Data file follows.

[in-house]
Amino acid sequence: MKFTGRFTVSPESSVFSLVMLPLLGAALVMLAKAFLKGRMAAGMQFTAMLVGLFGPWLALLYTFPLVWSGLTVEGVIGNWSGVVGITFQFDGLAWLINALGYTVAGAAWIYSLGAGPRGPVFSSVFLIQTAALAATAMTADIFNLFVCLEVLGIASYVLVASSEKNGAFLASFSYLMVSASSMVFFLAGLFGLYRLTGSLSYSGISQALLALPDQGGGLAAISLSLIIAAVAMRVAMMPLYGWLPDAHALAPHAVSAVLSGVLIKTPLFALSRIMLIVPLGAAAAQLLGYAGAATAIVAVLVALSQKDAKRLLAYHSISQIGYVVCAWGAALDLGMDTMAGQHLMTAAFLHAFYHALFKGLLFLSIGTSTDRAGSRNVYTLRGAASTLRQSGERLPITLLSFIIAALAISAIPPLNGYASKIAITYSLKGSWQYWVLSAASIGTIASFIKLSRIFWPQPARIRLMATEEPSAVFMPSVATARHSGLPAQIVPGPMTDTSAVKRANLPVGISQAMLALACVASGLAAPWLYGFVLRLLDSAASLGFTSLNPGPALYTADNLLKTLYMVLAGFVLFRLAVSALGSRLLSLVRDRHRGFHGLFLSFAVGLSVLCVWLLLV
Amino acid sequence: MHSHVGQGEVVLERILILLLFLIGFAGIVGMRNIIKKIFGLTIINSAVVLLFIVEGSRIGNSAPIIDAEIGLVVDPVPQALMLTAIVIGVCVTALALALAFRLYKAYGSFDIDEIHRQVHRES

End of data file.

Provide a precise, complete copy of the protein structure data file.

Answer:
[in-house]
Amino acid sequence: MKFTGRFTVSPESSVFSLVMLPLLGAALVMLAKAFLKGRMAAGMQFTAMLVGLFGPWLALLYTFPLVWSGLTVEGVIGNWSGVVGITFQFDGLAWLINALGYTVAGAAWIYSLGAGPRGPVFSSVFLIQTAALAATAMTADIFNLFVCLEVLGIASYVLVASSEKNGAFLASFSYLMVSASSMVFFLAGLFGLYRLTGSLSYSGISQALLALPDQGGGLAAISLSLIIAAVAMRVAMMPLYGWLPDAHALAPHAVSAVLSGVLIKTPLFALSRIMLIVPLGAAAAQLLGYAGAATAIVAVLVALSQKDAKRLLAYHSISQIGYVVCAWGAALDLGMDTMAGQHLMTAAFLHAFYHALFKGLLFLSIGTSTDRAGSRNVYTLRGAASTLRQSGERLPITLLSFIIAALAISAIPPLNGYASKIAITYSLKGSWQYWVLSAASIGTIASFIKLSRIFWPQPARIRLMATEEPSAVFMPSVATARHSGLPAQIVPGPMTDTSAVKRANLPVGISQAMLALACVASGLAAPWLYGFVLRLLDSAASLGFTSLNPGPALYTADNLLKTLYMVLAGFVLFRLAVSALGSRLLSLVRDRHRGFHGLFLSFAVGLSVLCVWLLLV
Amino acid sequence: MHSHVGQGEVVLERILILLLFLIGFAGIVGMRNIIKKIFGLTIINSAVVLLFIVEGSRIGNSAPIIDAEIGLVVDPVPQALMLTAIVIGVCVTALALALAFRLYKAYGSFDIDEIHRQVHRES